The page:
Families build their own homes in Silt
“This feels like I’ve won the lottery, only better, because it comes with a community,” said soon-to-be Silt homeowner Suzette Beresford after learning she and her three children would move into a new home in 2018. It’s a home she, alongside other families and volunteers, is helping build.
The Beresfords are one of 12 families who will receive a new home in Silt by the end of 2018, thanks to Habitat for Humanity Roaring Fork. While the Beresford Family, alongside the Valdez Family will move into their homes, currently under construction, in June, four more low-income families will need to be selected by the organization by March.
“The hardest part of the family selection process is that we can’t help all of the families that could benefit from our program,” explained Habitat for Humanity Volunteer Coordinator and Family Services Director Amy French. “I encourage all interested families to submit their pre-applications and I will meet with families on the process.”
Applicants can find pre-applications on the Habitat for Humanity Roaring Fork website at http://www.habitatroaringfork.org/. Full Applications must be returned by Wednesday, Feb. 28. Full Applications are available after the pre-application is returned and approved.
To be eligible the applicants must meet several basic requirements, including applicants must be a U.S. Citizen or a legal permanent resident and he or she must have lived and worked in the Roaring Fork Valley for the last 12 months, families must meet the financial requirements, and they must need and be ready to be a homeowner.
The current income range for Habitat homeowners is up to $57,000 per year.
French said in the past some families were considering leaving the valley before their new home and others have applied for multiple homes before they were ultimately selected.
“These families would not have the opportunity to have a home in the valley without these homes,” French said.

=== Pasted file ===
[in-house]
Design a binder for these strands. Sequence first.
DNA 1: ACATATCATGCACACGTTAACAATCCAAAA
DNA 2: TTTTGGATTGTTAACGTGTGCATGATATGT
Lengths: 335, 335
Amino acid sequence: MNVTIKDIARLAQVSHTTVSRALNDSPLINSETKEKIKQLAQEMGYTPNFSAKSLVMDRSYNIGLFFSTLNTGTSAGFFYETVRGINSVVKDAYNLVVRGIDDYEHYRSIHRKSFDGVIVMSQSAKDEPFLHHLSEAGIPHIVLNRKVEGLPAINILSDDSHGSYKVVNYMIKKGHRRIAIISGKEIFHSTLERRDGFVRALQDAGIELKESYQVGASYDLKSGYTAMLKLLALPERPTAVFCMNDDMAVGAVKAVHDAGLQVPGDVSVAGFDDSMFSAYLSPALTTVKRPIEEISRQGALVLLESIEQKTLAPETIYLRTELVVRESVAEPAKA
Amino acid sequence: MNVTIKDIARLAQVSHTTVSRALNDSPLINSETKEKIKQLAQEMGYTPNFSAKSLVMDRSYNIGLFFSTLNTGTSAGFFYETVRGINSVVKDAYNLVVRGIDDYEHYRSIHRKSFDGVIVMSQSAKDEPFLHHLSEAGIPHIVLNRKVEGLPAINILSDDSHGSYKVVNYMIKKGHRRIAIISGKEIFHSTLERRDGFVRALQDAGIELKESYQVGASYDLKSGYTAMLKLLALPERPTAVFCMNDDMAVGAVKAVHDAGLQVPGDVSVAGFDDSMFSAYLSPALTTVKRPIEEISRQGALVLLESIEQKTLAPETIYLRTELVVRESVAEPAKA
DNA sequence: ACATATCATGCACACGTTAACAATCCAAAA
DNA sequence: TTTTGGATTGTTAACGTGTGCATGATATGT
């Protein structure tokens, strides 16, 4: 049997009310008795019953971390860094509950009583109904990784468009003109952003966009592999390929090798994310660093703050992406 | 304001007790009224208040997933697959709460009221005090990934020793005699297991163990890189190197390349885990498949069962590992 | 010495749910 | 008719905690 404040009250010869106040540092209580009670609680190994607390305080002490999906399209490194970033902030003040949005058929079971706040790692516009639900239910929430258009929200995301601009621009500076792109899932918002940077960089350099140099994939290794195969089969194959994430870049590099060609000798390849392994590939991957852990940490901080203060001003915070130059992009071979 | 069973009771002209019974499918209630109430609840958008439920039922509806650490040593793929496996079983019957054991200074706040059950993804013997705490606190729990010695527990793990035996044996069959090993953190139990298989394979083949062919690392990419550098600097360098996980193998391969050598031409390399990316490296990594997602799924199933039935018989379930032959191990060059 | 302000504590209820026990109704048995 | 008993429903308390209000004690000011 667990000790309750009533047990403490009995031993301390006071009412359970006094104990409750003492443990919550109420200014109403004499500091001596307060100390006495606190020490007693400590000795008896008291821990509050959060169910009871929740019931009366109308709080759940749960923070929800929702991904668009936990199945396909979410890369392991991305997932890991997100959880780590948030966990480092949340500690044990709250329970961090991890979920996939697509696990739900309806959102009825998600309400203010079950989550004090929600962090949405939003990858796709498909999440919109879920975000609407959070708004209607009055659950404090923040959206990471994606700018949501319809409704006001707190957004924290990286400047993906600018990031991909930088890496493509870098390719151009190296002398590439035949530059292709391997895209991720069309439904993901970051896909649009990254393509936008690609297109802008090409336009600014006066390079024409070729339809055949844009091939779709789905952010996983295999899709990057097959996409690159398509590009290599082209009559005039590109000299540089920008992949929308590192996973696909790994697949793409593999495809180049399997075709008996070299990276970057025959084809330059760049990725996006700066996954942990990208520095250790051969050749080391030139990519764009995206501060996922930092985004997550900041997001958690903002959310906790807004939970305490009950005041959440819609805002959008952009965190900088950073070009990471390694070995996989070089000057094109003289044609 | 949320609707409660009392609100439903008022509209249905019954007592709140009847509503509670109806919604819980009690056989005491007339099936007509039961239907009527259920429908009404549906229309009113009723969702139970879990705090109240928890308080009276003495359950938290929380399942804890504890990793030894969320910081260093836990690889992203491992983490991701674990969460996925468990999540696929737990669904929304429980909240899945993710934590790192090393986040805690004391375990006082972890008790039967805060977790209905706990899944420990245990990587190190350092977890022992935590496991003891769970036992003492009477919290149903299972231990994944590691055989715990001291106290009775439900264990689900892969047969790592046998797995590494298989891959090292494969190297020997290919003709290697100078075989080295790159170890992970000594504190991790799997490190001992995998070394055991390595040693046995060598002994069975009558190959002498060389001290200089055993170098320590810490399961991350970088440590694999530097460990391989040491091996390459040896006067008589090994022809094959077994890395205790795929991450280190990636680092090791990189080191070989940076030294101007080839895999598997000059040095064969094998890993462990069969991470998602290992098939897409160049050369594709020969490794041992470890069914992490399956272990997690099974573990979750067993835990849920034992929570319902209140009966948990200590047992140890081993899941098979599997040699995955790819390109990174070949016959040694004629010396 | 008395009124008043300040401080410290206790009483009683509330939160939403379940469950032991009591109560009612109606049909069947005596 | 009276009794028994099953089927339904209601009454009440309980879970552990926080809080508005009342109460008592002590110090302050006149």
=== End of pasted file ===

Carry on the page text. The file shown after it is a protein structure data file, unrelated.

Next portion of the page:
Another requirement is that families must show a “willingness to partner,” meaning that families must show that they are willing to partner with Habitat by contributing 250 hours on the construction of their home and the homes of other families as well as other financial compensation.
This contribution from homeowners, known as “sweat equity hours”, helps families stay involved during the building process and allows former Habitat recipients to continue to partner with the organization.
With the selection process going until March, each of the families will be able to help build their home during construction, French said.
She added as soon as the ground thaws in the spring, the two additional duplexes will begin to be built with the help of volunteers.
Approximately 3,500 volunteer hours are spent at each house.
French said approximately 53 percent of the homes are built by paid staff and contractors, with volunteers supporting more than 40 percent and homeowners coming in for the final 5 percent.
“Volunteers come from across the Roaring Fork Valley,” she said. “From various businesses and organizations all over. We receive great support from local businesses.”
Around 40 businesses came out to build in Silt last year with the help of more than 20 local contractors.
Each home takes six to nine months to build and without crews form the Rifle Correctional Center, French said the homes would not be put up nearly as fast.
In 2000, when Habitat for Humanity Roaring Fork built its first home in the valley, its goal was to provide local low-income children with as many homes as it could. Now heading into 2018, the organization will move families into its 30th, 31st, 32nd, 33rd, 34th and 35th homes in its area from Aspen to Parachute.
Four families still need to be selected for homes in Silt and full applications must be returned to French by Feb. 28. Pre-applications can be found on the Habitat for Humanity website at habitatroaringfork.org.
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